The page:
It was a small dark cabin. I'm not sure how long I had been there, nor how long that he had. Without a doubt, he had been there far longer. There was a refrigerator stuffed full of bulky dark paper packages, with grease stains forming on the creases. It was musty, as if daytime was an event that never happened inside the cabin.
We use everything, he said, gesturing downward at a grease stained sack, where charred bones had once sat. It takes hours, he said, to skin a chicken, to de-feather it, to remove all the innards, and organs. But we do it. Not a thing is wasted. At the end, all that's left is the bones.
What do you do with the innards? I asked. The workshop was small. He was talking massive amounts of slaughter, that would have filled the entire back room.There was nothing back there but an old crate, some dust motes, hazing the light from the gas lamp, and a rough hewn hickory trough filled with blackened bones and a greasy burlap.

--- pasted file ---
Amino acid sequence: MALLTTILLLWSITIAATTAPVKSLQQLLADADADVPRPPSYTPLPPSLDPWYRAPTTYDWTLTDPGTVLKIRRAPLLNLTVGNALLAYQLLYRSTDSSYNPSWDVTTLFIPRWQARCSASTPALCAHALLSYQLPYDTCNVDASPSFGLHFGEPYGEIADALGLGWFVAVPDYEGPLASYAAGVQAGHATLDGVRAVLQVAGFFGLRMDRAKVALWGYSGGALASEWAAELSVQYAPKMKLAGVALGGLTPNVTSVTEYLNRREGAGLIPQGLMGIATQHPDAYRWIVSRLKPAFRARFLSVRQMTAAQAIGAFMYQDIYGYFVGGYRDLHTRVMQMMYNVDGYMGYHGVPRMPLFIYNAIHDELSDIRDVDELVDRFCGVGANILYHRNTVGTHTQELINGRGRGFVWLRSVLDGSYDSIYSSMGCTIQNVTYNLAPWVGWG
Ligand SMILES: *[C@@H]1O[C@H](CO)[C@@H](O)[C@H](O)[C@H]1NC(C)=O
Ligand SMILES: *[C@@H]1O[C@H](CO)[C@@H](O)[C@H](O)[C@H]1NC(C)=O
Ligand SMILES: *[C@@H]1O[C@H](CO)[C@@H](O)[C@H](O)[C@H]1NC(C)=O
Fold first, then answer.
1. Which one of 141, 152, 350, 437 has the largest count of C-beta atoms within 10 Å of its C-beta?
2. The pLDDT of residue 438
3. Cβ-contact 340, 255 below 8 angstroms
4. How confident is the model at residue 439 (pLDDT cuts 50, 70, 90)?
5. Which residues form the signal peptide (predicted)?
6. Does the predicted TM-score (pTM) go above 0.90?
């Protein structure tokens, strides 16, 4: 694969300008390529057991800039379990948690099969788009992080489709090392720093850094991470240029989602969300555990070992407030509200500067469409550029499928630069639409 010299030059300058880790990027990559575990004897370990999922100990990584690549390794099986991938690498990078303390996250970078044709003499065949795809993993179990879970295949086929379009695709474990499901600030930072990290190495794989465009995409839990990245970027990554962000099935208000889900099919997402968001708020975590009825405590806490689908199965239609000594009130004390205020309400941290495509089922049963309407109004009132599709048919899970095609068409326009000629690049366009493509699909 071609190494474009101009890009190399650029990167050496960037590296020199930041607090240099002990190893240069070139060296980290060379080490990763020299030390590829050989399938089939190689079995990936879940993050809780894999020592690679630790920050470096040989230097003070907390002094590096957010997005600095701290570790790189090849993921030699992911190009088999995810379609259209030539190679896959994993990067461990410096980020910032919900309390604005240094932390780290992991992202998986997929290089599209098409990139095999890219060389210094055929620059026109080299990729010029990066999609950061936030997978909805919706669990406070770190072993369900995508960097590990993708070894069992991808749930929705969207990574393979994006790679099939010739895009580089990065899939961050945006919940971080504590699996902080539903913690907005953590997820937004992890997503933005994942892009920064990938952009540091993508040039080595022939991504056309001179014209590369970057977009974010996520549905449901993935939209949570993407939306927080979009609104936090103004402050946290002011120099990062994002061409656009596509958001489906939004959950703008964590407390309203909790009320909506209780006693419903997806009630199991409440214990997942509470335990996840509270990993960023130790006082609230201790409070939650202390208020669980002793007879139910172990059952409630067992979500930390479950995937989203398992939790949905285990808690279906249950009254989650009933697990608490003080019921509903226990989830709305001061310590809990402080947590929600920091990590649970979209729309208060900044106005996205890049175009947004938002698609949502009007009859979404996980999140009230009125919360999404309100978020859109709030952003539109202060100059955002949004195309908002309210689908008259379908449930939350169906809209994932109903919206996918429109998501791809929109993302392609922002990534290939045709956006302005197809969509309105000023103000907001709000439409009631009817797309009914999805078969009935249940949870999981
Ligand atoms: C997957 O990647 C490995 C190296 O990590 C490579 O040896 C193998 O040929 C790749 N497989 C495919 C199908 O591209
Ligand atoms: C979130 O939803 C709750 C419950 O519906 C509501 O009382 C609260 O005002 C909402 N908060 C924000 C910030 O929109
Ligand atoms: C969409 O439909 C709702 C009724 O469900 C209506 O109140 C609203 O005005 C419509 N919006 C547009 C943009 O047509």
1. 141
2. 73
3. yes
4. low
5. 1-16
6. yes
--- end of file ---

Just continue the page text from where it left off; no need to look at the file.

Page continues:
We sell them, he said. As he turned toward me, the light from the gas lamp pooled deep in his black eyes. It takes a long time, he said. To truly use a chicken. It's hard work. There's no stopping til it's finished, each one stripped down to just bones. Used up.
Sometimes, he said gazing off at the wall as if at a thing unseeable, a speck of dust gets caught in my eye. It gets caught deep -- it becomes a part of myself. And in it, I know the creature that the dust came from. I know it by that mote of dust, it's how I find them again in the dark, to keep at my work. By that dust, that piece of the hen in my eye. I can't wipe it free until it's over, til they're nothing but bones. By then they're old friends, familiars. I know their stories, where they're headed next.
The dark pools turned toward me. I shivered.
That's where I saw you, he said.
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